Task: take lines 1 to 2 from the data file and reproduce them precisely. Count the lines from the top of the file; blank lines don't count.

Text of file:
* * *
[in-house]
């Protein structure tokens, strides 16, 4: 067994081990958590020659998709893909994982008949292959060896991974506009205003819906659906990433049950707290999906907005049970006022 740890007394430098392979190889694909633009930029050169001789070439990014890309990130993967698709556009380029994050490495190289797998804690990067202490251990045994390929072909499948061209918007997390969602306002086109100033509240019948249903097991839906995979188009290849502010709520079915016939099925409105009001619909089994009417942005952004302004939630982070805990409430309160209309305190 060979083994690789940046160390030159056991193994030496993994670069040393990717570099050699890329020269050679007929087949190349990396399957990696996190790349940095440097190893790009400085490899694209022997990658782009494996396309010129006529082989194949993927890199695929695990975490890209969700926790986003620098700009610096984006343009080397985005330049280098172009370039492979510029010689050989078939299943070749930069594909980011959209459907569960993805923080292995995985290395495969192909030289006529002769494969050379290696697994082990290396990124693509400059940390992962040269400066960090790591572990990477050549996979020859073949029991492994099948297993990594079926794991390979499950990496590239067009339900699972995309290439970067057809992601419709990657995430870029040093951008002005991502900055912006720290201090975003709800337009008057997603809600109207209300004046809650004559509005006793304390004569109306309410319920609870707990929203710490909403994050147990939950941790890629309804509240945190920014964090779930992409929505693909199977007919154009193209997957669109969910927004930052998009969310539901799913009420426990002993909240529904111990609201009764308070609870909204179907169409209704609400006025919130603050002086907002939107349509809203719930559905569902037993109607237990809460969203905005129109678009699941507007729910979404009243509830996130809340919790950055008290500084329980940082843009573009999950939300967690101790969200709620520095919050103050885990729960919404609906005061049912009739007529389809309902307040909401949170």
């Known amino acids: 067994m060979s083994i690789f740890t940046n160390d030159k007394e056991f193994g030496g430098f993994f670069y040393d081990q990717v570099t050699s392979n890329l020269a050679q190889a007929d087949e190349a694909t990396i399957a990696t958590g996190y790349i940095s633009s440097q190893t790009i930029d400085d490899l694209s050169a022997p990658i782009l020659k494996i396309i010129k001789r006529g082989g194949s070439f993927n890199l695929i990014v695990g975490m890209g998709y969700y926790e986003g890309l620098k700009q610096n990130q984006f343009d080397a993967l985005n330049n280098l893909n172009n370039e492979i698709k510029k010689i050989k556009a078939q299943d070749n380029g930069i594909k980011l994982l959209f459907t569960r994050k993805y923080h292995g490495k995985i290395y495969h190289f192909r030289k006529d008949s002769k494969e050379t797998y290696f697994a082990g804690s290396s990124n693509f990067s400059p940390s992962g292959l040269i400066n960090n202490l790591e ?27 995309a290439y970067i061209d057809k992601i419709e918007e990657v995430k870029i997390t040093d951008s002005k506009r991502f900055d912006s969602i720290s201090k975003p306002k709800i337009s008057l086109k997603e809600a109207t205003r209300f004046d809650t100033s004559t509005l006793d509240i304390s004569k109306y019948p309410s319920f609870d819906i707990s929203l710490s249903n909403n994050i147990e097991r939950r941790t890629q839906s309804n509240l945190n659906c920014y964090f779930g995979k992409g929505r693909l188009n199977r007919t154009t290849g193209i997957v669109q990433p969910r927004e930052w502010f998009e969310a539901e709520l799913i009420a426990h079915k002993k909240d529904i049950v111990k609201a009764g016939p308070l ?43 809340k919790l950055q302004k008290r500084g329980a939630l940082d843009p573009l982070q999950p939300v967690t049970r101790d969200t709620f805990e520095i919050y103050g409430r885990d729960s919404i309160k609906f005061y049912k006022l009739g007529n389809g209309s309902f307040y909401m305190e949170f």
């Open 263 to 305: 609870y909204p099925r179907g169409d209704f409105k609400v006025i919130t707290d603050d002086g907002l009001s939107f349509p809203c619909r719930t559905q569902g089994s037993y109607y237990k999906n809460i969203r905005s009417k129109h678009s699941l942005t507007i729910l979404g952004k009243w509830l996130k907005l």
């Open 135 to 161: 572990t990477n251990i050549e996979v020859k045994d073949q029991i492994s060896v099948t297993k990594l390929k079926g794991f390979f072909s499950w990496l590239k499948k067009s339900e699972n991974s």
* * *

[in-house]
């Protein structure tokens, strides 16, 4: 067994081990958590020659998709893909994982008949292959060896991974506009205003819906659906990433049950707290999906907005049970006022 740890007394430098392979190889694909633009930029050169001789070439990014890309990130993967698709556009380029994050490495190289797998804690990067202490251990045994390929072909499948061209918007997390969602306002086109100033509240019948249903097991839906995979188009290849502010709520079915016939099925409105009001619909089994009417942005952004302004939630982070805990409430309160209309305190 060979083994690789940046160390030159056991193994030496993994670069040393990717570099050699890329020269050679007929087949190349990396399957990696996190790349940095440097190893790009400085490899694209022997990658782009494996396309010129006529082989194949993927890199695929695990975490890209969700926790986003620098700009610096984006343009080397985005330049280098172009370039492979510029010689050989078939299943070749930069594909980011959209459907569960993805923080292995995985290395495969192909030289006529002769494969050379290696697994082990290396990124693509400059940390992962040269400066960090790591572990990477050549996979020859073949029991492994099948297993990594079926794991390979499950990496590239067009339900699972995309290439970067057809992601419709990657995430870029040093951008002005991502900055912006720290201090975003709800337009008057997603809600109207209300004046809650004559509005006793304390004569109306309410319920609870707990929203710490909403994050147990939950941790890629309804509240945190920014964090779930992409929505693909199977007919154009193209997957669109969910927004930052998009969310539901799913009420426990002993909240529904111990609201009764308070609870909204179907169409209704609400006025919130603050002086907002939107349509809203719930559905569902037993109607237990809460969203905005129109678009699941507007729910979404009243509830996130809340919790950055008290500084329980940082843009573009999950939300967690101790969200709620520095919050103050885990729960919404609906005061049912009739007529389809309902307040909401949170």